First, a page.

Charles Kenyon: Forage Aid has proved its worth in wet weather

Since 2013, this charity has provided valuable help to farmers when winter floods occur, writes our columnist

Charles Kenyon
Charles Kenyon

Winter floods are now an annual challenge for farmers. Animals can suffer appallingly in the wet, especially those that might have lost hardiness through selective breeding. Getting food to stock is tough, especially if your own barns are under water. Most ewes will be in lamb, and some in lowland areas have already given birth.

The suffering of Cumbrian livestock in the snows of 2013 encouraged Lincolnshire farmer Andrew Ward to start Forage Aid, which sends hay, straw, haylage and silage to farmers in need. Farmers donate supplies, which are taken by haulage companies, for free, to where they are needed. More help was needed during the Somerset Levels floods of 2014, and over this Christmas and New Year lorries have headed from eastern counties to Lancashire, Cumbria and West Yorkshire. Look at the Twitter account @forageaid to see the daily conversations between farmers down to their last bales in the north west and those delivering from eastern counties.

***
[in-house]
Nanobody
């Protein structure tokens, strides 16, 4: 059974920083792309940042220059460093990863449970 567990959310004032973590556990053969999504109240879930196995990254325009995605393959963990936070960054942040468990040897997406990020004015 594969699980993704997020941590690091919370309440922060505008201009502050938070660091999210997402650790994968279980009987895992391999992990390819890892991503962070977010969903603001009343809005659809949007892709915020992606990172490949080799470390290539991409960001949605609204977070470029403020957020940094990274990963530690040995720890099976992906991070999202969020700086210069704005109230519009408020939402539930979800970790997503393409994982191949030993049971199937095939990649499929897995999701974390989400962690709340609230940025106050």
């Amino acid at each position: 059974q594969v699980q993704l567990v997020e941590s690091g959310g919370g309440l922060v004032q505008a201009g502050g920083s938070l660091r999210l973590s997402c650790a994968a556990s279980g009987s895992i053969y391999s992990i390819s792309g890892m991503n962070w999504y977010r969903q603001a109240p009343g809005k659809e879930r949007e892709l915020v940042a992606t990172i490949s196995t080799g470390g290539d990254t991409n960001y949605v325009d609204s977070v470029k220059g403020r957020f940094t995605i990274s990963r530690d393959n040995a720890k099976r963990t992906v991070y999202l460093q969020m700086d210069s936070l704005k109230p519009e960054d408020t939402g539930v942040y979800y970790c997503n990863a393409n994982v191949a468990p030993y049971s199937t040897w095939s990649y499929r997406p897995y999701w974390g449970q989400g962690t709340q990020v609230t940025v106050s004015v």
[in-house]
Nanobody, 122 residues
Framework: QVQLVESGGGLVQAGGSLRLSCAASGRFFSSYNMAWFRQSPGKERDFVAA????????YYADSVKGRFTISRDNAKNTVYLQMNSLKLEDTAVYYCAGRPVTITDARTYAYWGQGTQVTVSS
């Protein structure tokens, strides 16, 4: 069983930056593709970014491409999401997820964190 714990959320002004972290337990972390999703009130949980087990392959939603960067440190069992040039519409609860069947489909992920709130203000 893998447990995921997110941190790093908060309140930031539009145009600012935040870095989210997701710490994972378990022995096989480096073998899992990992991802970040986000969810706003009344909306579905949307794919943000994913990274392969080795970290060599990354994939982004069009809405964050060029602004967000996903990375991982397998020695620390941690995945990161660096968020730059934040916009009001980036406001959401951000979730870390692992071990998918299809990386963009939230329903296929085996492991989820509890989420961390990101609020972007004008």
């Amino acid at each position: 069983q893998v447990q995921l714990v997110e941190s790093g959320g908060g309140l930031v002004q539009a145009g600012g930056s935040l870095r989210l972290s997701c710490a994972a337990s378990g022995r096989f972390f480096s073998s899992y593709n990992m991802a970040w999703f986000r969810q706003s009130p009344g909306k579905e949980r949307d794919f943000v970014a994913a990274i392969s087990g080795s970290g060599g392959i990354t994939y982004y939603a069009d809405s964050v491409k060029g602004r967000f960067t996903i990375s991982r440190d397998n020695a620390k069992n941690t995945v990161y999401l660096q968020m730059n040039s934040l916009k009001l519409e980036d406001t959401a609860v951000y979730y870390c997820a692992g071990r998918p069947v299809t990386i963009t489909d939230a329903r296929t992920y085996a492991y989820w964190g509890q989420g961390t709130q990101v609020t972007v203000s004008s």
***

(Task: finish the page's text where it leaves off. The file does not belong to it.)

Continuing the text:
Forage Aid is supported by the CF Fertilisers firm, which is good news because nitrogen run-off must be a real worry in wet areas. It is heartening that agricultural machinery manufacturer JCB and the supermarket Tesco are listed as corporate partners on the Forage Aid website. I hope other supermarkets and the big dairies offer their support. It is a salutary thought that a fall in UK milk production due to reduced nutrition resulting from floods is easily made up by buying cheap milk abroad. Poor old cows.

Charles Kenyon lives near Market Rasen,

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